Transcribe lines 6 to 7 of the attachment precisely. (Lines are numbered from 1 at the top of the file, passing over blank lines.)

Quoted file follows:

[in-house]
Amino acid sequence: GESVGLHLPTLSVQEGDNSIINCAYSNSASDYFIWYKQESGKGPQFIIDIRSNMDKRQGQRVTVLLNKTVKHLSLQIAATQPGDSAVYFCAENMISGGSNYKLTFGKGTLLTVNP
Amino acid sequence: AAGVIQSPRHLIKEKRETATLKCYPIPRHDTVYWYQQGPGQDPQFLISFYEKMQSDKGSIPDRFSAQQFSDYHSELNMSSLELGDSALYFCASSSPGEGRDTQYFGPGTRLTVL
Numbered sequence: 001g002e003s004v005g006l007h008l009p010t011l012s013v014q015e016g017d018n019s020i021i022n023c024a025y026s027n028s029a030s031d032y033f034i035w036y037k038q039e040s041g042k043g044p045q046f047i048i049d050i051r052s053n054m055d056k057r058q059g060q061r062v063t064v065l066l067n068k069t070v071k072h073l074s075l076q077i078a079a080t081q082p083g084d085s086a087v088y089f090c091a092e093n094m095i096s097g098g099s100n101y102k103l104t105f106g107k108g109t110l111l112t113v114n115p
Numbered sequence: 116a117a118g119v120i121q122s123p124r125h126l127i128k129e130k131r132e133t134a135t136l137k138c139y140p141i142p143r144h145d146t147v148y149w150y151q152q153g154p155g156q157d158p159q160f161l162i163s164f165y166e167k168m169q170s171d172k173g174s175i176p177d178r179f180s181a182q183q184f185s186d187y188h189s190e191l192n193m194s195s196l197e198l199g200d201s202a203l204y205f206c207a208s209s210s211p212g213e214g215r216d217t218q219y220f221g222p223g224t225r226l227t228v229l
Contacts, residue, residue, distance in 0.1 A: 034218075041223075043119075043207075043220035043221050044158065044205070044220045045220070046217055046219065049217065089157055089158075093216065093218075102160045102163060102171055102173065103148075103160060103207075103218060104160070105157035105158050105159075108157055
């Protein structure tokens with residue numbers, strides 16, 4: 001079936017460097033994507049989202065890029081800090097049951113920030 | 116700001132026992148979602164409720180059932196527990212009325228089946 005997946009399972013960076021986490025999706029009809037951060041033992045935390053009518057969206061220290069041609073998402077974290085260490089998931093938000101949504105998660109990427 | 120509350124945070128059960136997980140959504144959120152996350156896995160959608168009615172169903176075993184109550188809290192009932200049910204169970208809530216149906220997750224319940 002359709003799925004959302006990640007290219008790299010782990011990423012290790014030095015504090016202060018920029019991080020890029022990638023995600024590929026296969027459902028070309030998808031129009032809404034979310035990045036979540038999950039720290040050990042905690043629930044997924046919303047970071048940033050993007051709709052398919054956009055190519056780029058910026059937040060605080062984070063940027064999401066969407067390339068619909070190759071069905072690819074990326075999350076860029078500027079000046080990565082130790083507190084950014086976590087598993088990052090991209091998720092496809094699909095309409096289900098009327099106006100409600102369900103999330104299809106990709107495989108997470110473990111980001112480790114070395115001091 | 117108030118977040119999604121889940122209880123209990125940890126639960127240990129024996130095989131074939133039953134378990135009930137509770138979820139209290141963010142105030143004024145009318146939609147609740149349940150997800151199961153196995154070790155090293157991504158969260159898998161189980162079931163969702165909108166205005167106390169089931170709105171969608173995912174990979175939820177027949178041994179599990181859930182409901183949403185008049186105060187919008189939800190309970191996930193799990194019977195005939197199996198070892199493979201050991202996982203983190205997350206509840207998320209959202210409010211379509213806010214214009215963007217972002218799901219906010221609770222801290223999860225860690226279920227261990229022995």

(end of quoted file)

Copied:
Contacts, residue, residue, distance in 0.1 A: 034218075041223075043119075043207075043220035043221050044158065044205070044220045045220070046217055046219065049217065089157055089158075093216065093218075102160045102163060102171055102173065103148075103160060103207075103218060104160070105157035105158050105159075108157055
């Protein structure tokens with residue numbers, strides 16, 4: 001079936017460097033994507049989202065890029081800090097049951113920030 | 116700001132026992148979602164409720180059932196527990212009325228089946 005997946009399972013960076021986490025999706029009809037951060041033992045935390053009518057969206061220290069041609073998402077974290085260490089998931093938000101949504105998660109990427 | 120509350124945070128059960136997980140959504144959120152996350156896995160959608168009615172169903176075993184109550188809290192009932200049910204169970208809530216149906220997750224319940 002359709003799925004959302006990640007290219008790299010782990011990423012290790014030095015504090016202060018920029019991080020890029022990638023995600024590929026296969027459902028070309030998808031129009032809404034979310035990045036979540038999950039720290040050990042905690043629930044997924046919303047970071048940033050993007051709709052398919054956009055190519056780029058910026059937040060605080062984070063940027064999401066969407067390339068619909070190759071069905072690819074990326075999350076860029078500027079000046080990565082130790083507190084950014086976590087598993088990052090991209091998720092496809094699909095309409096289900098009327099106006100409600102369900103999330104299809106990709107495989108997470110473990111980001112480790114070395115001091 | 117108030118977040119999604121889940122209880123209990125940890126639960127240990129024996130095989131074939133039953134378990135009930137509770138979820139209290141963010142105030143004024145009318146939609147609740149349940150997800151199961153196995154070790155090293157991504158969260159898998161189980162079931163969702165909108166205005167106390169089931170709105171969608173995912174990979175939820177027949178041994179599990181859930182409901183949403185008049186105060187919008189939800190309970191996930193799990194019977195005939197199996198070892199493979201050991202996982203983190205997350206509840207998320209959202210409010211379509213806010214214009215963007217972002218799901219906010221609770222801290223999860225860690226279920227261990229022995």